This radio show aims to offer “pieces of the puzzle of a world that just might work.” I hope that if you listen a few times, you begin to imagine a future of revolutionary and evolutionary success.
My hope is rooted in this vision: Reality is not dead, mechanical, or separate; in fact, it is alive, evolving, and composed of interdependent systems.
I believe this worldview has been shared by indigenous peoples for millennia, revealed by science since early in the 20th century, and obvious every time we walk outside or look into the eyes of another living creature.
This vision inspires the annual Bioneers conference that takes place each fall (this year October 19-21) in San Rafael, just north of San Francisco. I’ll be talking with Bioneers founder and co-director, KEN AUSUBEL, and one of this year’s speakers, ELLEN BROWN, President of the Public Banking Institute and author of WEB OF DEBT.
Human creativity focused on problem solving can explode the narrative of despair. For the most part the solutions to our problems already exist. Bioneers focuses on strategies to help us realize these solutions by restoring community, justice and democracy.
Other speakers this year include BILL McKIBBEN, PAUL HAWKEN, ETHAN NADELMANN, GABOR MATE, and LA’s own JODIE EVANS and ANDY LIPKIS.
Do you consider yourself to be creative? Do you think of creativity as a gift, a talent, something you either have or you don’t? Do you find creativity to be a bit mystical or magical, dependent on luck, the muses, or higher powers?
Today’s guest, JONAH LEHRER, has written a book in which he looks at the latest brain science and attempts, in his words, “to collapse the layers of description separating the nerve cell from the finished symphony, the cortical circuit from the successful product.”
In Imagine: How Creativity Works, Lehrer makes clear, “Creativity shouldn’t seem like something otherworldly. It shouldn’t seem like a process reserved for artists or inventors or other “creative types.” After all, he points out, the human mind has the creative impulse built into its operating system, hard-wired into its most essential programming code.” Creativity is a variety of distinct thought processes that we can all learn to use more effectively. In the book, Lehrer reveals the importance of embracing the rut, thinking like a child, and daydreaming productively. He also shows how we can use this knowledge to make our neighborhoods more vibrant, our companies more productive, and our schools more effective.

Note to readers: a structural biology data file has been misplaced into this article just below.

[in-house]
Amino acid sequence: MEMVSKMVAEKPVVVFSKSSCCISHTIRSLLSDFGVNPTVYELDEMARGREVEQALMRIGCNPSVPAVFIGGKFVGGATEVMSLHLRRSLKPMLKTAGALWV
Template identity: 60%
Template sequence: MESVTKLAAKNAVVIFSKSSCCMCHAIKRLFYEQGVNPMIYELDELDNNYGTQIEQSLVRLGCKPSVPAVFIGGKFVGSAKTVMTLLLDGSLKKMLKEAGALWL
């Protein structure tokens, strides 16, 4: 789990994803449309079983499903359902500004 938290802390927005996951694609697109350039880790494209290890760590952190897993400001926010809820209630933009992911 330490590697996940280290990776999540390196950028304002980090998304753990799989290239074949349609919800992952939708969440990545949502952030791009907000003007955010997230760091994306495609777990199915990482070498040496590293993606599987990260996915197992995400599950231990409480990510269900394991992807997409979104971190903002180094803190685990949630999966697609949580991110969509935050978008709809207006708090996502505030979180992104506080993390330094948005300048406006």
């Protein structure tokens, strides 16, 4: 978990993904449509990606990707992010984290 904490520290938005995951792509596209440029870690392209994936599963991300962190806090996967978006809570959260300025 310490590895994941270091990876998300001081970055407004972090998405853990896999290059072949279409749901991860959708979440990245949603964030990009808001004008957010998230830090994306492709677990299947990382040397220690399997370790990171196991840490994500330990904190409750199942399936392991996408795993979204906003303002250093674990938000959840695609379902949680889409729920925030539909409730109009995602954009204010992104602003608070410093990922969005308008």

LIVE FROM the LA TIMES FESTIVAL OF BOOKS at the UCLA CAMPUS with REZA ASLAN, author, NO GOD BUT GOD and
BEYOND FUNDAMENTALISM and TERRY McDERMOTT longtime LA Times reporter, author, PERFECT SOLDIERS: The 9/11 Hijackers, and his latest, 101 THEORY DRIVE: A Neuroscientist's Quest for Memory
In 2006, THOMAS HOMER DIXON, author of Canada's #1 bestseller, THE UPSIDE OF DOWN, wrote, "September 11th and Katrina won't be the last time we walk out of our cities."
Whether from economic collapse, terrorism, climate change, pandemic, energy scarcity, or the widening gap between rich and poor, he believes breakdown is inevitable. And if we won't change our ways till we crash, it's up to us to make sure breakdown doesn't spiral into total collapse.
Check out the book title. Today "down" is everywhere we look. Okay, there's the "Catastrophe." I'll talk with HOMER DIXON in search of the "Creativity, and The Renewal..."
"A world organized around centralized control, strict intellectual property rights, and hierarchies of credentialed experts is under siege. A radically different order of society based on open access, decentralized creativity, collaborative intelligence, and cheap and easy sharing is ascendant." - from VIRAL SPIRAL
A global brigade of techies, lawyers, artists, musicians, scientists. businesspeople, innovators, and geeks of all stripes are dedicated to creating a digital republic committed to freedom and innovation.
From free and open-source software, Creative Commons licenses, Wikipedia, remix music and video mashups, peer production, open science, open education, and open business, the world of digital media has spawned a new "sharing economy" that increasingly competes with entrenched media giants.
I will also ask David to comment on the recent - and upcoming - bailouts, from the perspective of citizens and the commons. In other words, rather than fearing socialism, what are we getting for our "common" contributions to giant corporations -- and what should we be demanding?
DAVID BOLLIER is Senior Fellow at the Norman Lear Center at the USC Annenberg Center for Communication and co-founder of Public Knowledge, a Washington policy advocacy organization dedicated to protecting the information commons. His latest book is VIRAL SPIRAL: How the Commoners Built a Digital Republic of Their Own.